How Redistricting Happened in Wisconsin
The following timeline is a high-level overview outlining major redistricting events and activity in the state of Wisconsin over the last 10 years.
Republicans won trifecta control of the state, meaning that Republicans controlled the governorship and both chambers of the state legislature.
Census data delivered to Wisconsin.
Working with REDMAP, Republicans gerrymandered the state legislative and congressional maps.
Republican Governor Scott Walker signed the gerrymandered maps.
In consolidated lawsuits brought by voters in federal court, districts were found to violate Section 2 of the Voting Rights Act of 1965 by diluting the voting power of Latino voters, and ordered them to be redrawn.
President Obama won the state with 53% of the vote, but Republicans retained 59% of the state legislature under gerrymandered maps.
Separate litigation, known as Gill v. Whitford, found that the state Assembly maps were illegal partisan gerrymanders and thus the maps were invalid.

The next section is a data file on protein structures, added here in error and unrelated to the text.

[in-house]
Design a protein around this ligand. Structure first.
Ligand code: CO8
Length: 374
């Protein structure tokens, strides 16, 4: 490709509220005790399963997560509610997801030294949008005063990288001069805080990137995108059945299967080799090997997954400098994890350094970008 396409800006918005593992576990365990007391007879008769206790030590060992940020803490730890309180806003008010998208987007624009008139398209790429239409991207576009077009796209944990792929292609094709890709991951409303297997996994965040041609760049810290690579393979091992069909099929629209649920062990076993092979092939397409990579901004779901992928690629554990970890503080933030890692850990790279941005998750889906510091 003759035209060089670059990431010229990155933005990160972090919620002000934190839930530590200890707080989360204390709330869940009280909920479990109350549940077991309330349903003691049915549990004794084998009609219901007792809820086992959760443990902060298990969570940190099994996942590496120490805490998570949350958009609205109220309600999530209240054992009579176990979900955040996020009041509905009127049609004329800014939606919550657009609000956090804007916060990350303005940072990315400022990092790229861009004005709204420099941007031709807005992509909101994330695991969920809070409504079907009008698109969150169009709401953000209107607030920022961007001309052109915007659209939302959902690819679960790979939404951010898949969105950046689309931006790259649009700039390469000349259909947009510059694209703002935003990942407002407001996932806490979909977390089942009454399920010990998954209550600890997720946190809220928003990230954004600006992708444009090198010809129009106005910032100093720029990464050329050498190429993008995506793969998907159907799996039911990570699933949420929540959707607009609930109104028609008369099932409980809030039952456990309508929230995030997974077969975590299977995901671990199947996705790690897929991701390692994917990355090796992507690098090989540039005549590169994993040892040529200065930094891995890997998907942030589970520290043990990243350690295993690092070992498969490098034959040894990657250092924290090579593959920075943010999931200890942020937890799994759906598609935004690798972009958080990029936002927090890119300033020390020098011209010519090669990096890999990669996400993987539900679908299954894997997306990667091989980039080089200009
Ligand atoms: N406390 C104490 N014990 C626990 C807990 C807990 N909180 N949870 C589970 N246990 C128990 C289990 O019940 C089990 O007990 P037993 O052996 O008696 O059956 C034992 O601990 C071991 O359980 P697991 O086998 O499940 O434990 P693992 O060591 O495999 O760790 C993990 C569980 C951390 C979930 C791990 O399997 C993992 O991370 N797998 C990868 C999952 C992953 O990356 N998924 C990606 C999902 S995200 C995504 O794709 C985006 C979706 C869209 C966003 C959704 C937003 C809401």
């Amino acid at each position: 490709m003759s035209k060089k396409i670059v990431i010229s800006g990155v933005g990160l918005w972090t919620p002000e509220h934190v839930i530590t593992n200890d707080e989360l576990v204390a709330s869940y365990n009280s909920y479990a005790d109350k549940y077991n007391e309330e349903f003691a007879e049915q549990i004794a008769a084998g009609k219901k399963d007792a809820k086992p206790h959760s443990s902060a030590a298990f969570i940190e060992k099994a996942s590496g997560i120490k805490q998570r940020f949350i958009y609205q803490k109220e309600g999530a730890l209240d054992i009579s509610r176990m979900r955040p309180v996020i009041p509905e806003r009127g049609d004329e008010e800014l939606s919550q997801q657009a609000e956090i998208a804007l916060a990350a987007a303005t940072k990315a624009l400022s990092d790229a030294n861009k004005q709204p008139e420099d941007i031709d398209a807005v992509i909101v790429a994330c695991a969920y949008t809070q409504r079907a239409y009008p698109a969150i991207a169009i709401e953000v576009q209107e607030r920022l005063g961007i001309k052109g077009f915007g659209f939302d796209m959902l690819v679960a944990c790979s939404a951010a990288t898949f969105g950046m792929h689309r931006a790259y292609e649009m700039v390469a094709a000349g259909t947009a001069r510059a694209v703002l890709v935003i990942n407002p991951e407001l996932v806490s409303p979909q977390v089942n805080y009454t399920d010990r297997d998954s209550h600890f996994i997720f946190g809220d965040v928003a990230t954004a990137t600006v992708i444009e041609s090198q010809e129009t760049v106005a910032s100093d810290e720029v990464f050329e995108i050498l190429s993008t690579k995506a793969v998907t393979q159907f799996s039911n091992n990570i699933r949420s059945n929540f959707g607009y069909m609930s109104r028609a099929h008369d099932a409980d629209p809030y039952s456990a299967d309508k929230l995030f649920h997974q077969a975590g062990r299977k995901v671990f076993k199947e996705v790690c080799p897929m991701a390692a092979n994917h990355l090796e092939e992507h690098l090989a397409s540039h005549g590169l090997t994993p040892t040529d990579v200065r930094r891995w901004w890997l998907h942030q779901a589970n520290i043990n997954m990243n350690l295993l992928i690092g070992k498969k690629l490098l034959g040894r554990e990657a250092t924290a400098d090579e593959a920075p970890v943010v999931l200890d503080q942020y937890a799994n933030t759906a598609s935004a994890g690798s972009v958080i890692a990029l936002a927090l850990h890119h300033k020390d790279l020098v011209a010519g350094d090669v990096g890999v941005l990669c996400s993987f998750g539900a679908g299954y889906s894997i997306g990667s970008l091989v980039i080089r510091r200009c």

The U.S. Supreme Court blocked a redraw for the state Assembly map until the Court rules on the appeal in 2018, following oral argument held in October 2017.
The NDRC and its affiliated groups made significant monetary investments to help Democrat Patty Schachtner win her race for the state Senate.
The NDRC and its affiliates made significant monetary investments to help Judge Rebecca Dallet win her race for the state Supreme Court of Wisconsin. Dallet’s opponent was a close ally of Gov. Walker who previously defended the state’s gerrymandered maps.
The National Redistricting Foundation, NDRC’s affiliate, supported plaintiffs who successfully sued Gov. Walker for refusing to call special elections after two Republican legislators received positions in his administration.
After several efforts to contest the ruling and even change the law requiring special elections to be held, the legislature and Gov. Walker gave up and called the elections for June 12.
The NDRC and its affiliates made significant monetary investments in support of two Democratic candidates: Caleb Frostman for an open seat in the 1st Senate District and Ann Groves Lloyd for an open seat in the 42nd Assembly District.
Caleb Frostman won his race in the special election.
The U.S. Supreme Court found plaintiffs in Whitford failed to show they were individually injured by the redistricting plan, and thus lacked standing to assert their claims. The Court remanded the case back to the district court for a determination of plaintiffs’ standing.
Wisconsin voters elected Democrat Tony Evers to replace Gov. Scott Walker, and in turn broke the Republican trifecta.